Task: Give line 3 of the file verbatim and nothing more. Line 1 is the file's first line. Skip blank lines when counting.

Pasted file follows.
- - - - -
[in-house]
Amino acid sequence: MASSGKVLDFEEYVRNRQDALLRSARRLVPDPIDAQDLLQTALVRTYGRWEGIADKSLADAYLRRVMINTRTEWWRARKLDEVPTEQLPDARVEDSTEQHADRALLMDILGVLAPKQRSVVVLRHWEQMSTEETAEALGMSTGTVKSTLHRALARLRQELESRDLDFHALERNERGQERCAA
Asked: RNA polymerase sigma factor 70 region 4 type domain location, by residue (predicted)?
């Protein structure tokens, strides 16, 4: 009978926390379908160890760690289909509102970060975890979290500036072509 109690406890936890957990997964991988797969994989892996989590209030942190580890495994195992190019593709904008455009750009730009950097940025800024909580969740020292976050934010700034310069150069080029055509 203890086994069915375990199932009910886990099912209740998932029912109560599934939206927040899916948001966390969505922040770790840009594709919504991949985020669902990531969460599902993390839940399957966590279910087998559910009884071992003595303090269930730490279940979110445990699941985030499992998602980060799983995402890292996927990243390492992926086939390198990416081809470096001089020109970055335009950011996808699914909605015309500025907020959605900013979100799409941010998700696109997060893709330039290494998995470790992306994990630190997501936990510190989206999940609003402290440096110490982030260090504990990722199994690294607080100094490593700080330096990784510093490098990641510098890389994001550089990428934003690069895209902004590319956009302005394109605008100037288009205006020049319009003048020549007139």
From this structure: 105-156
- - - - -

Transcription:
Asked: RNA polymerase sigma factor 70 region 4 type domain location, by residue (predicted)?